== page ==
If you need proof that we, as a society, are gradually losing our social skills, look around you on your next drive. If you drive through any congested area during heavy traffic you will more than likely encounter a case of road rage. You see it every day. People speeding past, changing lanes with no signal, weaving in and out of traffic, tailgating and even intentionally locking others out of traffic are all versions of road rage. Some angry drivers have even planned ahead and created nasty little signs to hold out the window as they speed past you before cutting in front of you only to slam on their brakes because of the same slow traffic ahead that you were patiently waiting behind. Obscene gestures and horn honking communicate their displeasure to other drivers who may not be close enough to read their signs. Drivers are displaying aggressive and even territorial behavior on the roads. Some drivers are even just plain mean when they get behind the wheel. It makes you wonder if road rage is not simply a symptom of a larger, more general anger management problem.
What is it about getting behind the wheel that turns some people into horn blowing, screaming, gesticulating, speed-demons? It is as if they assume that their 3,500 lb car will protect them from the consequences of their actions. Getting in the car and pulling into traffic suddenly makes them more important than other drivers on the road. These generally mild-mannered drivers seem to suddenly see red when they pull into traffic. These same people do not react with the same vehemence in other, equally frustrating situations. How often do you actually see road rage type behaviors in a grocery store or in line at the bank? For some drivers, this behavior may stem from a need to control and counter other drivers who they perceive as violating their personal space. For others, it could be unchecked anger and aggression. Whether it is hormone-based, primitive reactions or the need to dominate someone else and their unsharable space, the behavior is unacceptable in other areas of society and is just plain dangerous when exhibited on the road at highway speeds.
From a mental health perspective, these behaviors can certainly be described as problematic. Road rage can lead to physical confrontations which can have significant consequences such as receiving a ticket, getting arrested, losing your license, damaging your vehicle or another driver’s vehicle, injuring or killing yourself or someone in one of the vehicles. Mental health providers now refer to road rage as part of a broad category of behaviors known as intermittent explosive disorder (IED) and, a new study suggests that it is much more common than they realize. Current estimates suggest that up to 16 million Americans are affected by the disorder. IED is characterized by temperamental outbursts that are out of proportion to the situation. These outbursts often include aggressive actions or threats and property damage with the initial outbursts occurring in adolescence. The study findings cite an average age of onset at 14. Situational triggers can include stress, anxiety, or even simple frustration. Intermittent explosive disorder is just as real as depression, bipolar disorder, and PTSD.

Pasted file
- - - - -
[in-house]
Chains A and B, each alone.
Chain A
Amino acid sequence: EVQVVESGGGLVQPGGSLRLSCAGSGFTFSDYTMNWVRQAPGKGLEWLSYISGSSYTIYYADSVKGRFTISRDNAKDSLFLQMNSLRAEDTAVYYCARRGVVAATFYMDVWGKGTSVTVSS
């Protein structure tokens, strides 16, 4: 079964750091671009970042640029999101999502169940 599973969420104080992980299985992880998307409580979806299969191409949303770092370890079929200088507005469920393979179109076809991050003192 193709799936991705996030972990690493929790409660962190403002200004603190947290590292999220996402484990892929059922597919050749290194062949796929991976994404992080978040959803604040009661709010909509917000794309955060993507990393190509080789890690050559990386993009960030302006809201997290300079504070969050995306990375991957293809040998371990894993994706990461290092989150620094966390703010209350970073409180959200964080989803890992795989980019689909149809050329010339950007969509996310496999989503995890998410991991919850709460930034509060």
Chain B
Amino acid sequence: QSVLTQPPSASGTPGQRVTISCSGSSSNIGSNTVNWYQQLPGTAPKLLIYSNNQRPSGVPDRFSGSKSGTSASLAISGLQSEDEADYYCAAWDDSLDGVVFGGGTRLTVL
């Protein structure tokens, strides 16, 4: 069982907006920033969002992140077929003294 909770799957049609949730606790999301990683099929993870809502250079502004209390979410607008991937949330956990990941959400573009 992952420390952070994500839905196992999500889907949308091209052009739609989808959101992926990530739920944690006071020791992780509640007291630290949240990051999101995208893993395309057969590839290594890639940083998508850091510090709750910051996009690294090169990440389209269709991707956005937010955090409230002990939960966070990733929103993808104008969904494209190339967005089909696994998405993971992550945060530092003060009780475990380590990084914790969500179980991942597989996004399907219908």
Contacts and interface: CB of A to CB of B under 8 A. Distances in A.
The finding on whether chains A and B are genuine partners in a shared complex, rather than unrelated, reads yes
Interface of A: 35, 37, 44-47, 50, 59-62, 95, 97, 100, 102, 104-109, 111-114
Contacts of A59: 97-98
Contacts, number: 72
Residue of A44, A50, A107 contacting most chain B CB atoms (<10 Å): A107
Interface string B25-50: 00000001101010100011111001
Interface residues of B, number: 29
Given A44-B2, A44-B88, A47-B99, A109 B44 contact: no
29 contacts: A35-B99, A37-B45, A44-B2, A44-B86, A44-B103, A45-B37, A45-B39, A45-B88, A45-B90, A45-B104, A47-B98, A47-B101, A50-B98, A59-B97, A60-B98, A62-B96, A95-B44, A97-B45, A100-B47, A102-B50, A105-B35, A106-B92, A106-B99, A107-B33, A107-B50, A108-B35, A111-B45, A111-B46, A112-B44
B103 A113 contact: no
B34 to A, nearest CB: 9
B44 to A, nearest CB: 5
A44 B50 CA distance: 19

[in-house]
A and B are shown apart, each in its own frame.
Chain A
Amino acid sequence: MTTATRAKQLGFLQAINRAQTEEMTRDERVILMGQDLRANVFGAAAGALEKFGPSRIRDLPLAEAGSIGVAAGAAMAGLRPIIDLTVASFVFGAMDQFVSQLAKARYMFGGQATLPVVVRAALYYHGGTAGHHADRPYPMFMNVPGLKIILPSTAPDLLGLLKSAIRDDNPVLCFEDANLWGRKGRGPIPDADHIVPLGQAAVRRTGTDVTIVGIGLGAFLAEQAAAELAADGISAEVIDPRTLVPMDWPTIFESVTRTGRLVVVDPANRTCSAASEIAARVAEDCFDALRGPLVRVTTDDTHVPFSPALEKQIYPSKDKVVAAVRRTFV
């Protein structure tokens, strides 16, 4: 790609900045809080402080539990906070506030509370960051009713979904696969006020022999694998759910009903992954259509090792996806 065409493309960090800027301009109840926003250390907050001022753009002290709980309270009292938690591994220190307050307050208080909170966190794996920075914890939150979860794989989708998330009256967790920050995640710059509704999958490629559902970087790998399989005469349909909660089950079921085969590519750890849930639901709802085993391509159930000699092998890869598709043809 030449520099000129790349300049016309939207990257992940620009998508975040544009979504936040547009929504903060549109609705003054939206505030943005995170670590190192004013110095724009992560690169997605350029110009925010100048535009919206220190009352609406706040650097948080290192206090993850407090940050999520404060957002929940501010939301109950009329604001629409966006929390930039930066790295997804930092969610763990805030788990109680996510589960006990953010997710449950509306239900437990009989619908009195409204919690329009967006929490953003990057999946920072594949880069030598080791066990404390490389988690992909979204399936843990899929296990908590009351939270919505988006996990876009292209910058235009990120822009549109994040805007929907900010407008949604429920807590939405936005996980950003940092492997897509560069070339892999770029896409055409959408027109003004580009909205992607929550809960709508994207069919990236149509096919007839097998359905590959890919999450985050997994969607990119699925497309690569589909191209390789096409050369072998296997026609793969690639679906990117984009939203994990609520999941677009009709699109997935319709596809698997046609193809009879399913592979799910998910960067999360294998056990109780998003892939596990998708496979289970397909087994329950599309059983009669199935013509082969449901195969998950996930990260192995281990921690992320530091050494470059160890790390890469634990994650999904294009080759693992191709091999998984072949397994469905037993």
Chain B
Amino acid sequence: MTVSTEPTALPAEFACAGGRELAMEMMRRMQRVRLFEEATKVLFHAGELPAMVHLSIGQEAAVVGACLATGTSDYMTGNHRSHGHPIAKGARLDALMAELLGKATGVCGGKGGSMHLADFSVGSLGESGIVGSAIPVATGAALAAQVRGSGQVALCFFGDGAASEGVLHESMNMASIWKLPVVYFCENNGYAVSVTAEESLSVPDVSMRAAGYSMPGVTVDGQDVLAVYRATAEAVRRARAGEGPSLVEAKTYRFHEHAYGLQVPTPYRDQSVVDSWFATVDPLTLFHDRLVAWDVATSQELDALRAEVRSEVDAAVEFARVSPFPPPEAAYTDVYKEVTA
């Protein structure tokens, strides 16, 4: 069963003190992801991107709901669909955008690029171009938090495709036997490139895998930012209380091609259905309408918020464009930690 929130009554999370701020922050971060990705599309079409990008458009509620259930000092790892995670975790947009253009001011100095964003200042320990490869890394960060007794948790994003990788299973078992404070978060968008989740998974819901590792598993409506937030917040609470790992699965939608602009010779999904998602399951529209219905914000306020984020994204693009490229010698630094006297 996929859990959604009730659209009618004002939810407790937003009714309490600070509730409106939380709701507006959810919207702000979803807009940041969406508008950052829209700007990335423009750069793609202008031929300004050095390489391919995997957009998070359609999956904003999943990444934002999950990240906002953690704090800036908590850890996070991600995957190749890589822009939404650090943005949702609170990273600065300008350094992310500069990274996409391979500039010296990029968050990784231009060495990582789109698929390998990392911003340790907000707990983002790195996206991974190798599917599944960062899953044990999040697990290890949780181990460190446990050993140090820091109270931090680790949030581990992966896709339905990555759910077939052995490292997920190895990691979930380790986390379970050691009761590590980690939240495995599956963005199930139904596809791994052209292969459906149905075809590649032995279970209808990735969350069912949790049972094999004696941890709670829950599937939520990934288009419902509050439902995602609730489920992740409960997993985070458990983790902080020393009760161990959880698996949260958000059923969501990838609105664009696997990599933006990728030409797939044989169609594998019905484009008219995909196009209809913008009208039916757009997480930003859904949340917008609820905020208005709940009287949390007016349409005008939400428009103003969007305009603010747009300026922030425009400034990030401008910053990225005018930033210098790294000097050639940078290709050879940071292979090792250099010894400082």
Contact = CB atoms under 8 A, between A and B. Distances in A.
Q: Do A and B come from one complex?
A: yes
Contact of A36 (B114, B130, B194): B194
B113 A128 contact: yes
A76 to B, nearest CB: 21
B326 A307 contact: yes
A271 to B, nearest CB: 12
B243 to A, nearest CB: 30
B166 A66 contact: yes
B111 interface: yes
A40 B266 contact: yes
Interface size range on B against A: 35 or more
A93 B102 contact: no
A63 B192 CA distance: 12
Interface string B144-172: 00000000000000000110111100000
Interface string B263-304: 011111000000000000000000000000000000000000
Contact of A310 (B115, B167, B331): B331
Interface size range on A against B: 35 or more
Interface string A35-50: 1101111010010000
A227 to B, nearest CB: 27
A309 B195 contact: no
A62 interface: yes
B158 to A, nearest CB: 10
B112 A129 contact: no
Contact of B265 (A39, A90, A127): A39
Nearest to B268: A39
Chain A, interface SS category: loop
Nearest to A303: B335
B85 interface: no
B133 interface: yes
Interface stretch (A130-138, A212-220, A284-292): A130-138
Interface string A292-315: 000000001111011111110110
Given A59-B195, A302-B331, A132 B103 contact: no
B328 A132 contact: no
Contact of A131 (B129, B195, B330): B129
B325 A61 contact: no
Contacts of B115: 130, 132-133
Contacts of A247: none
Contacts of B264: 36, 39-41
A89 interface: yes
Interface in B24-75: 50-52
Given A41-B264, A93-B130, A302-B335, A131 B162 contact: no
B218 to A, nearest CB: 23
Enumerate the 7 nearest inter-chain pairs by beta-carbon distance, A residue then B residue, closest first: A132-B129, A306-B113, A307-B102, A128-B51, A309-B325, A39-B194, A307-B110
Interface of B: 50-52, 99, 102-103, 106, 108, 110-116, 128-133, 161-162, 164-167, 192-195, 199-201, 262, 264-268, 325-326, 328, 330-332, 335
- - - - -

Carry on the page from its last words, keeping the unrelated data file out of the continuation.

While road rage is frightening to experience, knowing that it is part of a larger mental health classification highlights the need for treatment options. Cognitive behavioral therapy is a common treatment for people with IED with the goal of educating the patient on recognizing the behaviors associated with their aggressive attacks and providing them with proven strategies to reduce future attacks. By understanding the larger implications of road rage, and the symptoms associated with it, it is possible to realize when your behavior, or the behavior of a loved one crosses the line from reaction and over reaction to potentially dangerous explosive behavior. In addition, knowing that road rage can stem from IED further highlights the need to avoid a confrontational situation with rage fueled drivers.
With that in mind, there are some steps you can take to prevent a confrontation from escalating. First, make sure that when you are on the road you are behaving with civility and practicing the common courtesies of the road. Use your signal lights appropriately and leave plenty of room between your car and others. If you become frustrated or angry with other drivers and time permits, pull off the road to remove yourself from the situation. Take advantage of rest stops and markets to get out, walk around, and stretch to relieve your own driving tension. If stopping is not an option, use controlled breathing to maintain your composure: inhale for a count of four, hold for a count of four, exhale for a count of four, hold for a count of four, and repeat the cycle as many times as necessary to regain your self-control.
Keep in mind that you are you and the other driver is an individual as well. Only you have the power to let someone else ruin you day or push your buttons. Focus on maintaining a calm perspective and remember that you cannot control, coerce, or fix other people. The only person you can change is you. Road rage is ridiculous, life threatening, and not something you have to participate in. Go down the road safely and show compassion towards other drivers. Always be kinder than you feel, even in your car.
If you are ever tempted to participate in a road rage event, just consider one final thought: the person in the other car is somebody’s mother, father, son, daughter, or spouse. The next time you begin to actively participate in road rage, imagine that they are yours. Somebody cares as deeply for them as your family and friends care for you. As Robert Brault so aptly put it, “It helps if you don’t see it as traffic but rather as thousands of individual resolved to press on another day.”